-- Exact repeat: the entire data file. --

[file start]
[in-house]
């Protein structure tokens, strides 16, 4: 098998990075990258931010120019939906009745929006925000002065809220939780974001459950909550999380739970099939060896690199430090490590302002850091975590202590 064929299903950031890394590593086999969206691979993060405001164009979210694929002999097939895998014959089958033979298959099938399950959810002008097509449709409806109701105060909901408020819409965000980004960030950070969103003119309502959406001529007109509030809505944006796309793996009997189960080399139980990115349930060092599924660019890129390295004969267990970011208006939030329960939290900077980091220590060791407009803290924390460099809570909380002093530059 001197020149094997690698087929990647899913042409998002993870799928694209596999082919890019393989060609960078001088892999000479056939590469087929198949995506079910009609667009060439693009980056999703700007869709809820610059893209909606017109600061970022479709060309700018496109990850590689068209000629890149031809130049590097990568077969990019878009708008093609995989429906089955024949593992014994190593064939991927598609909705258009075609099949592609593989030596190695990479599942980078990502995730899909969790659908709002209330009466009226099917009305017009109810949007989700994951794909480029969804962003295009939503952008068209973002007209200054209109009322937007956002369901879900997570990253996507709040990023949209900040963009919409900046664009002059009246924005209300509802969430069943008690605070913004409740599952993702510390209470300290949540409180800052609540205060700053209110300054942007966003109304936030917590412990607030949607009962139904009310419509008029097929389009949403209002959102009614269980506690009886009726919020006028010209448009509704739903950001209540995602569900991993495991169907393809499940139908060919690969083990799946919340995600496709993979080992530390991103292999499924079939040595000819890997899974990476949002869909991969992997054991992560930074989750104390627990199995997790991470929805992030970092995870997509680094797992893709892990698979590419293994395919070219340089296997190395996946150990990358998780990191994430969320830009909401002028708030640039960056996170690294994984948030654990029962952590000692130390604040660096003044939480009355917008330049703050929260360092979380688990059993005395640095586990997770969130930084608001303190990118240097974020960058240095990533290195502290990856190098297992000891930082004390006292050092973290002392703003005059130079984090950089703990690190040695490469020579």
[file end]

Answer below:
[in-house]
């Protein structure tokens, strides 16, 4: 098998990075990258931010120019939906009745929006925000002065809220939780974001459950909550999380739970099939060896690199430090490590302002850091975590202590 064929299903950031890394590593086999969206691979993060405001164009979210694929002999097939895998014959089958033979298959099938399950959810002008097509449709409806109701105060909901408020819409965000980004960030950070969103003119309502959406001529007109509030809505944006796309793996009997189960080399139980990115349930060092599924660019890129390295004969267990970011208006939030329960939290900077980091220590060791407009803290924390460099809570909380002093530059 001197020149094997690698087929990647899913042409998002993870799928694209596999082919890019393989060609960078001088892999000479056939590469087929198949995506079910009609667009060439693009980056999703700007869709809820610059893209909606017109600061970022479709060309700018496109990850590689068209000629890149031809130049590097990568077969990019878009708008093609995989429906089955024949593992014994190593064939991927598609909705258009075609099949592609593989030596190695990479599942980078990502995730899909969790659908709002209330009466009226099917009305017009109810949007989700994951794909480029969804962003295009939503952008068209973002007209200054209109009322937007956002369901879900997570990253996507709040990023949209900040963009919409900046664009002059009246924005209300509802969430069943008690605070913004409740599952993702510390209470300290949540409180800052609540205060700053209110300054942007966003109304936030917590412990607030949607009962139904009310419509008029097929389009949403209002959102009614269980506690009886009726919020006028010209448009509704739903950001209540995602569900991993495991169907393809499940139908060919690969083990799946919340995600496709993979080992530390991103292999499924079939040595000819890997899974990476949002869909991969992997054991992560930074989750104390627990199995997790991470929805992030970092995870997509680094797992893709892990698979590419293994395919070219340089296997190395996946150990990358998780990191994430969320830009909401002028708030640039960056996170690294994984948030654990029962952590000692130390604040660096003044939480009355917008330049703050929260360092979380688990059993005395640095586990997770969130930084608001303190990118240097974020960058240095990533290195502290990856190098297992000891930082004390006292050092973290002392703003005059130079984090950089703990690190040695490469020579």